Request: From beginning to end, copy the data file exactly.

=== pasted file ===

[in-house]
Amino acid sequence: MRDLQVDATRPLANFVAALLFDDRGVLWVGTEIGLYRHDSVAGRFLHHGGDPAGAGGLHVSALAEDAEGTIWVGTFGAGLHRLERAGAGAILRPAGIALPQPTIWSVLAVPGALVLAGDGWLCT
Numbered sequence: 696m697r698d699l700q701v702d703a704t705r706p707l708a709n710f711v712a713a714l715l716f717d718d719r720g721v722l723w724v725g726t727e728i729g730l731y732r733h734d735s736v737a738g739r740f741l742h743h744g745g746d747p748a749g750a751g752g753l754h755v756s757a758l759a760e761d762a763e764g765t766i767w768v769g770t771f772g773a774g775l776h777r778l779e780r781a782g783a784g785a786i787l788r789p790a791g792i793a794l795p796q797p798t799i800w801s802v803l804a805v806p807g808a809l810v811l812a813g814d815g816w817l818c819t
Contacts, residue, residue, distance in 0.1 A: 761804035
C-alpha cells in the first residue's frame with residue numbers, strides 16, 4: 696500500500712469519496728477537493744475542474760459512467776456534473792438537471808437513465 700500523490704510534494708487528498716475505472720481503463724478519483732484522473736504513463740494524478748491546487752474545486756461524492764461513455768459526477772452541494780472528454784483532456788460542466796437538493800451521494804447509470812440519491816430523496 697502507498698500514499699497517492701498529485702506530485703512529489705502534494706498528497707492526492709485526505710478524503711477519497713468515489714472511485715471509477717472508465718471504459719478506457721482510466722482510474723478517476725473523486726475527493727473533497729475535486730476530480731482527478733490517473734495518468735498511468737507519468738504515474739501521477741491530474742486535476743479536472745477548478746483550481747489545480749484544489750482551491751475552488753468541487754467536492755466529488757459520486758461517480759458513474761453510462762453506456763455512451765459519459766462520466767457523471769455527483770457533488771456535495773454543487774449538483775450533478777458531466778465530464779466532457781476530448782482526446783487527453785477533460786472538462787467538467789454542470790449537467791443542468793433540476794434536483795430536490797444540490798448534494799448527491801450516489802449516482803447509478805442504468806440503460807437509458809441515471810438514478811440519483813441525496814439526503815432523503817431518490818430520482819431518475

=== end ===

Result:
[in-house]
Amino acid sequence: MRDLQVDATRPLANFVAALLFDDRGVLWVGTEIGLYRHDSVAGRFLHHGGDPAGAGGLHVSALAEDAEGTIWVGTFGAGLHRLERAGAGAILRPAGIALPQPTIWSVLAVPGALVLAGDGWLCT
Numbered sequence: 696m697r698d699l700q701v702d703a704t705r706p707l708a709n710f711v712a713a714l715l716f717d718d719r720g721v722l723w724v725g726t727e728i729g730l731y732r733h734d735s736v737a738g739r740f741l742h743h744g745g746d747p748a749g750a751g752g753l754h755v756s757a758l759a760e761d762a763e764g765t766i767w768v769g770t771f772g773a774g775l776h777r778l779e780r781a782g783a784g785a786i787l788r789p790a791g792i793a794l795p796q797p798t799i800w801s802v803l804a805v806p807g808a809l810v811l812a813g814d815g816w817l818c819t
Contacts, residue, residue, distance in 0.1 A: 761804035
C-alpha cells in the first residue's frame with residue numbers, strides 16, 4: 696500500500712469519496728477537493744475542474760459512467776456534473792438537471808437513465 700500523490704510534494708487528498716475505472720481503463724478519483732484522473736504513463740494524478748491546487752474545486756461524492764461513455768459526477772452541494780472528454784483532456788460542466796437538493800451521494804447509470812440519491816430523496 697502507498698500514499699497517492701498529485702506530485703512529489705502534494706498528497707492526492709485526505710478524503711477519497713468515489714472511485715471509477717472508465718471504459719478506457721482510466722482510474723478517476725473523486726475527493727473533497729475535486730476530480731482527478733490517473734495518468735498511468737507519468738504515474739501521477741491530474742486535476743479536472745477548478746483550481747489545480749484544489750482551491751475552488753468541487754467536492755466529488757459520486758461517480759458513474761453510462762453506456763455512451765459519459766462520466767457523471769455527483770457533488771456535495773454543487774449538483775450533478777458531466778465530464779466532457781476530448782482526446783487527453785477533460786472538462787467538467789454542470790449537467791443542468793433540476794434536483795430536490797444540490798448534494799448527491801450516489802449516482803447509478805442504468806440503460807437509458809441515471810438514478811440519483813441525496814439526503815432523503817431518490818430520482819431518475